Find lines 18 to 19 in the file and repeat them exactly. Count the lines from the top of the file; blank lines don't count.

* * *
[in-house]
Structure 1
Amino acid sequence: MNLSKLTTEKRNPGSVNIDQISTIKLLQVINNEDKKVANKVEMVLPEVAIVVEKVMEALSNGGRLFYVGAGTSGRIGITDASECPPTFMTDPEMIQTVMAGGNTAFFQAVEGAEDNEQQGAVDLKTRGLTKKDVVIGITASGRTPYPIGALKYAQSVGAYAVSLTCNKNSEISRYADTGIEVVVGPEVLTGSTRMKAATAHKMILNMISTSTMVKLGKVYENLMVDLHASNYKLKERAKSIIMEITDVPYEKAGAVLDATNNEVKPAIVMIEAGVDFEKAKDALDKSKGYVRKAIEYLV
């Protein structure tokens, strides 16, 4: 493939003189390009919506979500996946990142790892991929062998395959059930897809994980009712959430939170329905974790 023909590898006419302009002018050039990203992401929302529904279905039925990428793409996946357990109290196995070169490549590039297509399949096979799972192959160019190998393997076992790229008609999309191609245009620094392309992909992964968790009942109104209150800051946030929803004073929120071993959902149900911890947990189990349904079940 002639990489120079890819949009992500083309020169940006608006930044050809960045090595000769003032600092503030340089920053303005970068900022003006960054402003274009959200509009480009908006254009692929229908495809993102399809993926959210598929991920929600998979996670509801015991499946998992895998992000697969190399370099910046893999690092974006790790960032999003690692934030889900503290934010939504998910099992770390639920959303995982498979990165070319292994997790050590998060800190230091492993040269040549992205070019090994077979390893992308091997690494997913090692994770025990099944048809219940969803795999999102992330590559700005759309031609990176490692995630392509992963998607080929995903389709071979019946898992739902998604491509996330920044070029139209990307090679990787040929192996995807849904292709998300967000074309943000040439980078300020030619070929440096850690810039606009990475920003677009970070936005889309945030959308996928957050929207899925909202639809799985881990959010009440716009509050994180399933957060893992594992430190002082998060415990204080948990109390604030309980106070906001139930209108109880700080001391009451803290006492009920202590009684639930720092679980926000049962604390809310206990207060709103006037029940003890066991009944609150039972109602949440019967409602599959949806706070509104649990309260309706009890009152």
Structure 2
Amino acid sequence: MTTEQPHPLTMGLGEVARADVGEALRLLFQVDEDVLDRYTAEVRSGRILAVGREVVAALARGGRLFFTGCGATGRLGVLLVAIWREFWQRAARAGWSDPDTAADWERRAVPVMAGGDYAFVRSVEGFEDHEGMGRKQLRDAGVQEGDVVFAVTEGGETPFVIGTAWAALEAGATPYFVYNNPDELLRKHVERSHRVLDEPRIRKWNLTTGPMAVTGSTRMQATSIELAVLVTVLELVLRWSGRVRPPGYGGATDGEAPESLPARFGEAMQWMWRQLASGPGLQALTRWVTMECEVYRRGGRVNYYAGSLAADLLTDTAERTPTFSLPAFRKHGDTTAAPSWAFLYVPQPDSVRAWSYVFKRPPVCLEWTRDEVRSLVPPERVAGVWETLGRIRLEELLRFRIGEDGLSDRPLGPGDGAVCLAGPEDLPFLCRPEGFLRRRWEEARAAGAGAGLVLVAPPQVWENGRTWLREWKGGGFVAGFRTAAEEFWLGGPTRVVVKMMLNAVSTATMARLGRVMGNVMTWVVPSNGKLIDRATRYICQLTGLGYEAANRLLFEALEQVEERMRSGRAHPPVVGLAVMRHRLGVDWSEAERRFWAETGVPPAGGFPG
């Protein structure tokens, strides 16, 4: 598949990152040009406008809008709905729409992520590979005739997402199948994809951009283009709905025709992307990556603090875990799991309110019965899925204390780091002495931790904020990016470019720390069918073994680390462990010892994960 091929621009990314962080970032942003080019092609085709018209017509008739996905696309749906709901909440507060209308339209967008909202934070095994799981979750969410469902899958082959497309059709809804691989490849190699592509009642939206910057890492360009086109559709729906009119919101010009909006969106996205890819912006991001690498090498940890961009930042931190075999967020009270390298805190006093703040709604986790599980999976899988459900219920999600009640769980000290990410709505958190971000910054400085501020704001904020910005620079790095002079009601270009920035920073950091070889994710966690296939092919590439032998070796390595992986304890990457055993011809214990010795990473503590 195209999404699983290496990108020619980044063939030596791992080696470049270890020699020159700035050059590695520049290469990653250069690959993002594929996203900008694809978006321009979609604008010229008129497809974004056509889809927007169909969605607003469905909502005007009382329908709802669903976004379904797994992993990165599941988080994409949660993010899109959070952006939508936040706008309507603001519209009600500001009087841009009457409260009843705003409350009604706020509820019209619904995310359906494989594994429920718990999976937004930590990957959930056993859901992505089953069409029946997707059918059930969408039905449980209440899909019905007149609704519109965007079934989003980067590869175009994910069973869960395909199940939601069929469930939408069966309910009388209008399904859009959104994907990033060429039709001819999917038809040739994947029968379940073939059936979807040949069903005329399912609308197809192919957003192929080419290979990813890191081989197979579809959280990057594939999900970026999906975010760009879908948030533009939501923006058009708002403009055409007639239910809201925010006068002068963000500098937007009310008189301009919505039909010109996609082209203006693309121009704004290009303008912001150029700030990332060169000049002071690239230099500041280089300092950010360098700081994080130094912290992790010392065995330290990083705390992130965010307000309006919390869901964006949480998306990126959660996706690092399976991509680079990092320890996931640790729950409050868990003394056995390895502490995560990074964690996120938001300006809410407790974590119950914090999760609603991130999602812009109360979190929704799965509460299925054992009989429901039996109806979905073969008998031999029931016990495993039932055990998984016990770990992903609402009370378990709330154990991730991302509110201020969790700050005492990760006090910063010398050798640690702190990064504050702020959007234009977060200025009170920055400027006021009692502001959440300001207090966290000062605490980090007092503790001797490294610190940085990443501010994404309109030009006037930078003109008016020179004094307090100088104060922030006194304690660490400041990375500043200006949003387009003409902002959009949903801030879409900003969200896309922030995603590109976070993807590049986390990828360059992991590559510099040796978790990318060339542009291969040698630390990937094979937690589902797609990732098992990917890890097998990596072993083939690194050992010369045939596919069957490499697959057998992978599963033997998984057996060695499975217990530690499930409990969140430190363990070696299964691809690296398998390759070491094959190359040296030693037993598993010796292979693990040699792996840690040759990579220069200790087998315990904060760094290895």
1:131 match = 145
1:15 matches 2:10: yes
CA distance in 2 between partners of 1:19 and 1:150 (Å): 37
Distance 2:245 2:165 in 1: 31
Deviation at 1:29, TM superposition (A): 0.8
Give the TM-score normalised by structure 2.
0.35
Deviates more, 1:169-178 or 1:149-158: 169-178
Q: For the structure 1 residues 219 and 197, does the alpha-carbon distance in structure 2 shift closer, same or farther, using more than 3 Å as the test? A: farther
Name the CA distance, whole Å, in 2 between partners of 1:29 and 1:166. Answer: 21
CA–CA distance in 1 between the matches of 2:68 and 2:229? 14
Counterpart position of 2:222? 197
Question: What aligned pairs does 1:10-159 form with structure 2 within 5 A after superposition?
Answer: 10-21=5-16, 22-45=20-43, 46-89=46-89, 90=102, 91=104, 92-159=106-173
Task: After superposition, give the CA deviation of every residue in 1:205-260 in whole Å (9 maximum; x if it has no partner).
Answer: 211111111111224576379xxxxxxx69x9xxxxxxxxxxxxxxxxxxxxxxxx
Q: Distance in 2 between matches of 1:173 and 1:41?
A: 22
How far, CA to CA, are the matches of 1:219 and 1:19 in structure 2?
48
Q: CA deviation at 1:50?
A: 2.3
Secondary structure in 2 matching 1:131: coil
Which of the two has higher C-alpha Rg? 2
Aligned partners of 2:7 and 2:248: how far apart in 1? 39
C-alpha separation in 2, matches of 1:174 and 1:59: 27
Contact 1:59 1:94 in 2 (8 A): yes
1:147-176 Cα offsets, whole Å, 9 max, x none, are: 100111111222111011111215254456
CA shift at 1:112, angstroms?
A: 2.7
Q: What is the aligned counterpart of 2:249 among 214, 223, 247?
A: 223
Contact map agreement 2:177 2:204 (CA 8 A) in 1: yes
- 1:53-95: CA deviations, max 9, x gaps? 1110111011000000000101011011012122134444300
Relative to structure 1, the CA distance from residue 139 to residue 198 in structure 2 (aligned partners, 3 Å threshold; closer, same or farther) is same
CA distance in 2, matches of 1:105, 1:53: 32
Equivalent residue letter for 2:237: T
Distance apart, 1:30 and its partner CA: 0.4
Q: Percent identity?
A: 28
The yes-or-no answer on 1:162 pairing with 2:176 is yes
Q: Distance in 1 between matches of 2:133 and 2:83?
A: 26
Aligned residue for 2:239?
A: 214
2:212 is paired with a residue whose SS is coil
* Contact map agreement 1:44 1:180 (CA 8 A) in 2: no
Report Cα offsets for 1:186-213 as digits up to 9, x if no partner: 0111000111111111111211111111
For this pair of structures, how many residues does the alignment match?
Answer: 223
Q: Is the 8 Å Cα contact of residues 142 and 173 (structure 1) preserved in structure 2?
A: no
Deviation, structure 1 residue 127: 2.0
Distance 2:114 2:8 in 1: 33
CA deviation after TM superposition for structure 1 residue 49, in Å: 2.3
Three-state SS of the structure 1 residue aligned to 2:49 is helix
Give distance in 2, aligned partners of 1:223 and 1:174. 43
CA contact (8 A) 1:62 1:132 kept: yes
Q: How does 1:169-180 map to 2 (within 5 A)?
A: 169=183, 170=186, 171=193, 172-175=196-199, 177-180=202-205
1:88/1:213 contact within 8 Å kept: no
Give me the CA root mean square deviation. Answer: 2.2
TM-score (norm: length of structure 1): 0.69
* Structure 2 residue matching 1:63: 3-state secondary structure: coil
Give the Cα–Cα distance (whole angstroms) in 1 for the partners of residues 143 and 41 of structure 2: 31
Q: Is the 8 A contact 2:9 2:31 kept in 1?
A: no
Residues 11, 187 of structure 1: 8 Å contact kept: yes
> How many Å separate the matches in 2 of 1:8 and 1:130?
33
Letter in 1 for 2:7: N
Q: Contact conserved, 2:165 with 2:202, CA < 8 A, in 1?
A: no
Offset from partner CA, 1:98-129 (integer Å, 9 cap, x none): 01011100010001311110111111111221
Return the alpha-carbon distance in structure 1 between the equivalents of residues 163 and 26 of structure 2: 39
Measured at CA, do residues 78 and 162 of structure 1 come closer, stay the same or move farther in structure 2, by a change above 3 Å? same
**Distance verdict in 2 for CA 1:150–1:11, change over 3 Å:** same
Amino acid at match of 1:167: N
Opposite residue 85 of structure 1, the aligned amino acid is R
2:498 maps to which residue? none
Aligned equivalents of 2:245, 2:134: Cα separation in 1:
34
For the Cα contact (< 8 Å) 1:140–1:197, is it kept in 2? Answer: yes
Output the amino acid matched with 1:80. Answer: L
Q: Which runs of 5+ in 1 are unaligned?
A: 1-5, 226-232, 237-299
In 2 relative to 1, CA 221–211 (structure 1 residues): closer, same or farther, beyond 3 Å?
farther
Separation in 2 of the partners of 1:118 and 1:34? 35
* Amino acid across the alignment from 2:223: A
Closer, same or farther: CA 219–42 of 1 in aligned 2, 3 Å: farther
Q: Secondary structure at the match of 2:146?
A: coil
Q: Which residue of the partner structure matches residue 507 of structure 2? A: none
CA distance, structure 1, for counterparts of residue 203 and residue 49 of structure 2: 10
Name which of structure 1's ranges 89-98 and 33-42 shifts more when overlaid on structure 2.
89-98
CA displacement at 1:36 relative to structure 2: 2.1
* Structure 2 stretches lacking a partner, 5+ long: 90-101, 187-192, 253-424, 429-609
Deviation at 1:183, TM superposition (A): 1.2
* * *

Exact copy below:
CA–CA distance in 1 between the matches of 2:68 and 2:229? 14
Counterpart position of 2:222? 197